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Study finds that kids are more likely to eat vegetables if their moms do -- while expecting

By Catholic Online (NEWS CONSORTIUM)
February 14th, 2013
Catholic Online (www.catholic.org)

Pregnant women who enjoy a varied diet are less likely to give birth to fussy eaters. That's the finding of several studies examining foot and diet with expectant moms.
 

LOS ANGELES, CA (Catholic Online) - Researchers have found babies are more accepting of foods their mothers regularly ate while expectant and breast-feeding. This indicates that they get a taste for novel foods before birth and through breast milk.

Children whose mothers regularly drank carrot juice ate twice as much carrot-flavored cereal when being weaned, one study found.

"The research clearly shows that if mothers eat a lot of fruit during lactation and pregnancy, then their child will be much more open to eating fruit during weaning. The same goes with vegetables," Researcher Dr. Julie Mennella from the Monell Center in Philadelphia says.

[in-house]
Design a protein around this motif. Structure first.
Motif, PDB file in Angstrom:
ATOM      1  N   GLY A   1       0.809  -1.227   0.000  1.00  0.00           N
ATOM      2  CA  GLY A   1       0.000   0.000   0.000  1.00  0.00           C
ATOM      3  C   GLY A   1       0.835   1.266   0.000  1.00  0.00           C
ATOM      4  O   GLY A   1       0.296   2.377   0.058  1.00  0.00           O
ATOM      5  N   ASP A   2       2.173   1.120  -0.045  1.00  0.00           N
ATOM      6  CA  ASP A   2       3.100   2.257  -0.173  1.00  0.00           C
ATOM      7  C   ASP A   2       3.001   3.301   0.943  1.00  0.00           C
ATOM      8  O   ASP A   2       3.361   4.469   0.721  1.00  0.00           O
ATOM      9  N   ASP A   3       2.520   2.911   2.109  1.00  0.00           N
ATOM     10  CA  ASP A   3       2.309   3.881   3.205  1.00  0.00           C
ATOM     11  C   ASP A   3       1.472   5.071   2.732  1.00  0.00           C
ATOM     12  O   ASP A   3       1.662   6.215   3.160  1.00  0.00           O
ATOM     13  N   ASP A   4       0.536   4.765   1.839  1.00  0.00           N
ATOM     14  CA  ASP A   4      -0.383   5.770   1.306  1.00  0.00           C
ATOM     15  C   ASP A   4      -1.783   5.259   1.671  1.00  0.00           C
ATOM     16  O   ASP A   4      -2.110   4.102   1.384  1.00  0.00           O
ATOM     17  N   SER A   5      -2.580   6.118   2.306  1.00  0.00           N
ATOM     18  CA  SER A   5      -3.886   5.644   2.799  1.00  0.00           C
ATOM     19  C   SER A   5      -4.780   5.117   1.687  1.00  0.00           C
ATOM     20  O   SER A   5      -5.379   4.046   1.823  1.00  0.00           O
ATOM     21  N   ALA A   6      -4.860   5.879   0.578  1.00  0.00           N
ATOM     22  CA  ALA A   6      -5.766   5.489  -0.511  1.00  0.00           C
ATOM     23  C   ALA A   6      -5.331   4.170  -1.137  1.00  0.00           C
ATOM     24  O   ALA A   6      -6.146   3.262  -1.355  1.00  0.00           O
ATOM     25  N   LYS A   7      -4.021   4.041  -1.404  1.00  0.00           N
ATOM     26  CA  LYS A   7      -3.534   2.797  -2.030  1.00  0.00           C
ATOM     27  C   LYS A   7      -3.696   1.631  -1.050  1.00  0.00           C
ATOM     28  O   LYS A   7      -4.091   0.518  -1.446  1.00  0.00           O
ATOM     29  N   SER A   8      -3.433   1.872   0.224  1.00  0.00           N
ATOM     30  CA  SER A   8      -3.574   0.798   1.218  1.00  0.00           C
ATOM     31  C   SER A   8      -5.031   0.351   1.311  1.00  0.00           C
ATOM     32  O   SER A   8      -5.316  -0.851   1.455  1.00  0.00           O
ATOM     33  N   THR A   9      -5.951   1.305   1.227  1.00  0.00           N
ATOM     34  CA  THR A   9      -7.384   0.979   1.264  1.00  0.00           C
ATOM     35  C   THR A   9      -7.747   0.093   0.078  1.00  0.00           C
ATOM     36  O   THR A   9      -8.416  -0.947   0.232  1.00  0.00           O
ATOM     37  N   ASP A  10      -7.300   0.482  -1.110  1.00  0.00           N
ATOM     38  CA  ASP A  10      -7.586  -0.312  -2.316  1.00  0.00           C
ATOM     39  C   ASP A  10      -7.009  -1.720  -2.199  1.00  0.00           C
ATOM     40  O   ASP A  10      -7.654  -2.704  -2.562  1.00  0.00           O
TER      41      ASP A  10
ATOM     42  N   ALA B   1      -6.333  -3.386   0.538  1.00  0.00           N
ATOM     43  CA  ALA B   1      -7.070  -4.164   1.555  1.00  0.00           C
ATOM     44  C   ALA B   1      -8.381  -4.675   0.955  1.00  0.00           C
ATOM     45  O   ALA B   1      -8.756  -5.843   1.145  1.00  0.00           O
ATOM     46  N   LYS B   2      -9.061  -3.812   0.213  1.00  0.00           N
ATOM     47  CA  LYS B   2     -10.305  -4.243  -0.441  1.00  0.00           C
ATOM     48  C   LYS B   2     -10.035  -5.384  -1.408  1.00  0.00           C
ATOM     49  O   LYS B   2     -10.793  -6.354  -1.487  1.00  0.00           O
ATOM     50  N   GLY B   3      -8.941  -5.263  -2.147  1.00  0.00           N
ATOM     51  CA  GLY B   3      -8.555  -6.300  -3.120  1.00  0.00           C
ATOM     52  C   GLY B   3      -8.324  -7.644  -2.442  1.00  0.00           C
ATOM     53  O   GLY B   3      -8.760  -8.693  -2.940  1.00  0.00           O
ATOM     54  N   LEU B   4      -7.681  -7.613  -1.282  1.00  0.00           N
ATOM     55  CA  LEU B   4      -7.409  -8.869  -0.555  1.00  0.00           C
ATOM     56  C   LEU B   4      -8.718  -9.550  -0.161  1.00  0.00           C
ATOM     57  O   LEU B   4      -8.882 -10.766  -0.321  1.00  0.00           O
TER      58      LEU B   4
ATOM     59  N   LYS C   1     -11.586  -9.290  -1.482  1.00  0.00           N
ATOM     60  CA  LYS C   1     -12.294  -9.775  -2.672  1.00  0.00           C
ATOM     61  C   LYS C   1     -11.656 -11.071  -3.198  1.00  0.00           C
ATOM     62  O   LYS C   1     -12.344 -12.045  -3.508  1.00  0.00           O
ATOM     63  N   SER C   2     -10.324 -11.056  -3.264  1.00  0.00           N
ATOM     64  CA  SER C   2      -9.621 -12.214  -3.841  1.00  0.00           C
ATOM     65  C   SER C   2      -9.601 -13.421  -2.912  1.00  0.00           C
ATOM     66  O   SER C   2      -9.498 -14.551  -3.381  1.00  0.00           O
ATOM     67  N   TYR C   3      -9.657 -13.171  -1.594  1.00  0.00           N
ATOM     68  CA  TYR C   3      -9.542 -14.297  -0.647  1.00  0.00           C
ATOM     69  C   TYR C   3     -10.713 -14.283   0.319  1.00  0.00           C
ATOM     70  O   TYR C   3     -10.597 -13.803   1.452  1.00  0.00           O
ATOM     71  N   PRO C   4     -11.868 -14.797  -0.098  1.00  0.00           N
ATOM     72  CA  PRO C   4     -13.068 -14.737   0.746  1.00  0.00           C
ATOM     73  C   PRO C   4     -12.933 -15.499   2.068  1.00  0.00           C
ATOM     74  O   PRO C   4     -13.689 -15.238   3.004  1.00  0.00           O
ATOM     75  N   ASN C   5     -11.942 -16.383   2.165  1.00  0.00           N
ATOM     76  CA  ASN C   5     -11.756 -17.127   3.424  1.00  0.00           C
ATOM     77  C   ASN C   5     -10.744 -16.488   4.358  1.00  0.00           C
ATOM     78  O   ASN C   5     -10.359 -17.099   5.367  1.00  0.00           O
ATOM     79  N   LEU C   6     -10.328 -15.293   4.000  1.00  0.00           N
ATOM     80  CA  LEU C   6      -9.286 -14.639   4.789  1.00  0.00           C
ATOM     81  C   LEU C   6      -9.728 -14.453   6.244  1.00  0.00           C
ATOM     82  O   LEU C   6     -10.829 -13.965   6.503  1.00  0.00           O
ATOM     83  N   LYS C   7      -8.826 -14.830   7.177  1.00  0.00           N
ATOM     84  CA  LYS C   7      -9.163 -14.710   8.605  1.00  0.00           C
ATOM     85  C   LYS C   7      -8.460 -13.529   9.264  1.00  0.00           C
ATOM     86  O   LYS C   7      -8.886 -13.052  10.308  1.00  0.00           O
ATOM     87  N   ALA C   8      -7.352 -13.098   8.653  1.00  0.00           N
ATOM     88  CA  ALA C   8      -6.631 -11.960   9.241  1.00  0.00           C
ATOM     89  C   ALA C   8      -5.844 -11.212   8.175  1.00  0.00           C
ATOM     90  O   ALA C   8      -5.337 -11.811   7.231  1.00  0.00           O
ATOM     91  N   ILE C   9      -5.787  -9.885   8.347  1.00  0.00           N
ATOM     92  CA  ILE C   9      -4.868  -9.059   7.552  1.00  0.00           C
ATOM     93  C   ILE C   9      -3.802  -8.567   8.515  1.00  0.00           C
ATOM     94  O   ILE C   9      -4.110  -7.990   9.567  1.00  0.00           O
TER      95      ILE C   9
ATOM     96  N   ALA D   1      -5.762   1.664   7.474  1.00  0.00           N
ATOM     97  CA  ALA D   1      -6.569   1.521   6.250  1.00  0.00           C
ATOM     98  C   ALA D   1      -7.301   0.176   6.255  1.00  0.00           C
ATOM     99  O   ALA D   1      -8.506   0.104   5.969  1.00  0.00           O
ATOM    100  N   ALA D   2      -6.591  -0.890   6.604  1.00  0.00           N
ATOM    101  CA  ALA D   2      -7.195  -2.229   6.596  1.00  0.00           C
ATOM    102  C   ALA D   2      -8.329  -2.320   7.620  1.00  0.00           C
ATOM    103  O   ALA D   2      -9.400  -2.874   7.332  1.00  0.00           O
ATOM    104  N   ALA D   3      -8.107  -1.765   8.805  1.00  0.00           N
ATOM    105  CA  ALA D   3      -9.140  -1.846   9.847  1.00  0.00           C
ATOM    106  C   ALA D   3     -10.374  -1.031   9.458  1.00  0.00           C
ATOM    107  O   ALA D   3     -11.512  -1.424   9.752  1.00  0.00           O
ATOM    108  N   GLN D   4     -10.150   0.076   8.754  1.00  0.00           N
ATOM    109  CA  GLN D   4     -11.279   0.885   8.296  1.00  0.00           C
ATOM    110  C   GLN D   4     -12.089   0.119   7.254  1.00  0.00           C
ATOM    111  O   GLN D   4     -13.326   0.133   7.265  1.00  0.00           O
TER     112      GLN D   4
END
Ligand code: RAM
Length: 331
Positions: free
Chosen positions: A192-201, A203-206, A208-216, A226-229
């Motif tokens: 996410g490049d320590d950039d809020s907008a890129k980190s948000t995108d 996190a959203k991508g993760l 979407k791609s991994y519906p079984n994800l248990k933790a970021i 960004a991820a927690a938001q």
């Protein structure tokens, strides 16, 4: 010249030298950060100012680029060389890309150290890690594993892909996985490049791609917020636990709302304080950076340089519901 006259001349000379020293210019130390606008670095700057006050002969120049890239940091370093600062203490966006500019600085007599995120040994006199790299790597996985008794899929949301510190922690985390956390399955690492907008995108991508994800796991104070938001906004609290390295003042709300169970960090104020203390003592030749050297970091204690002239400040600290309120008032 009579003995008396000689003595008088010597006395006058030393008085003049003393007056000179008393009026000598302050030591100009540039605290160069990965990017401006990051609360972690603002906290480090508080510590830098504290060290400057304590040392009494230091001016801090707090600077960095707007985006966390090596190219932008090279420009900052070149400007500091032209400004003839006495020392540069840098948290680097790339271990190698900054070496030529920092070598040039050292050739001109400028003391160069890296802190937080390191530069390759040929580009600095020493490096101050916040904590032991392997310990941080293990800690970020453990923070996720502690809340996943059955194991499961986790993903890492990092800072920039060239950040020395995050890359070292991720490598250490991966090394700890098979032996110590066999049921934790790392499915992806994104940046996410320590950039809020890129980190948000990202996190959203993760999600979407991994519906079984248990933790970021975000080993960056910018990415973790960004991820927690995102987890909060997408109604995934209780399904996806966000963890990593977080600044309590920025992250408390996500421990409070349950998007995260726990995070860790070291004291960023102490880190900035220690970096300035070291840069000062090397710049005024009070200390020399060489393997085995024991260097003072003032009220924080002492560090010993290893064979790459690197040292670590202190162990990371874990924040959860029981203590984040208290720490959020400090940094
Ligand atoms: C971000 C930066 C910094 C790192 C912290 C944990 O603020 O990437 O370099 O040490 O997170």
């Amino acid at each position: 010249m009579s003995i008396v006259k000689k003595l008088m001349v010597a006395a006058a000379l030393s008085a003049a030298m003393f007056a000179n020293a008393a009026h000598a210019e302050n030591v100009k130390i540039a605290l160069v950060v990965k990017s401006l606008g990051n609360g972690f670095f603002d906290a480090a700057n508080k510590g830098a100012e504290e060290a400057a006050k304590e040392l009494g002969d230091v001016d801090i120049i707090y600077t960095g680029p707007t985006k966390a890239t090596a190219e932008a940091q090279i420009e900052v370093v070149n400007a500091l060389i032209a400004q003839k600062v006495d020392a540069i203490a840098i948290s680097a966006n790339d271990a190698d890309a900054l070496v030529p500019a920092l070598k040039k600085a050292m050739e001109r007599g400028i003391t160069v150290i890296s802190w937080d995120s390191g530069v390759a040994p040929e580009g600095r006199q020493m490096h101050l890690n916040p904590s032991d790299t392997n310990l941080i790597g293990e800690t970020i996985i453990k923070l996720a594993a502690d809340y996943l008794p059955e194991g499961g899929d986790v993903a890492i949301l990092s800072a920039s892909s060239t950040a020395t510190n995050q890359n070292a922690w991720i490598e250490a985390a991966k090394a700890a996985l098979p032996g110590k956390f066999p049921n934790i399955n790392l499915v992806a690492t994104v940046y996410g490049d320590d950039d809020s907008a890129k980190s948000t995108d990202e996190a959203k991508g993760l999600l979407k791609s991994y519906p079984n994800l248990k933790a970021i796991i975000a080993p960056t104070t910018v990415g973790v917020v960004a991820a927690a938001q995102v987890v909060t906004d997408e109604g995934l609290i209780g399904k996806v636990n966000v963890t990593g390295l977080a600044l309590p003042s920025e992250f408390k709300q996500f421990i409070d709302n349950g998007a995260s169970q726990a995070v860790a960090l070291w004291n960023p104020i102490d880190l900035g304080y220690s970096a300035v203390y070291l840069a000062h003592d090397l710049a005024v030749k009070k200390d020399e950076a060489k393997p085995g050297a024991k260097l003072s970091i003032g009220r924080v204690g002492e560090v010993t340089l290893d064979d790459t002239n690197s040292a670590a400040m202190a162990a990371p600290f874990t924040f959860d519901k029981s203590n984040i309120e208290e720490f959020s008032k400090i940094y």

"Babies are already biologically hardwired to be attracted to foods containing sugar and salt, but may not be initially attracted to bitter foods such as green vegetables.

"They have to be exposed to fruit and vegetables if they are to learn to accept and like these flavors.

"The good news is that our research shows that babies and their palates can learn very early on about healthy foods. Even before a child eats their first mouthful of food, they are learning about flavor through the amniotic fluid in the womb, and later through their mother's milk."
 
According to Dr. Julie Mennella, "The message is, eat the healthy food that you enjoy and when the baby is old enough to start weaning they will already be familiar with those flavors."

Mennella tested 46 babies aged between six months and a year old for their liking of carrot-flavored cereal.

As discussed at the American Association for the Advancement of Science's annual conference, Mennella said those children whose mothers drank carrot juice several times a week while in the last three-months of pregnancy or when breast-feeding consumed more than 80g of the cereal, compared with 44g if their parent did not drink the juice.

"It was the first time these babies ate solid food, and it shows how we are primed by our earliest exposures," Mennella said.

"The research shows that children are getting sensory information in the womb and through their mothers' milk."

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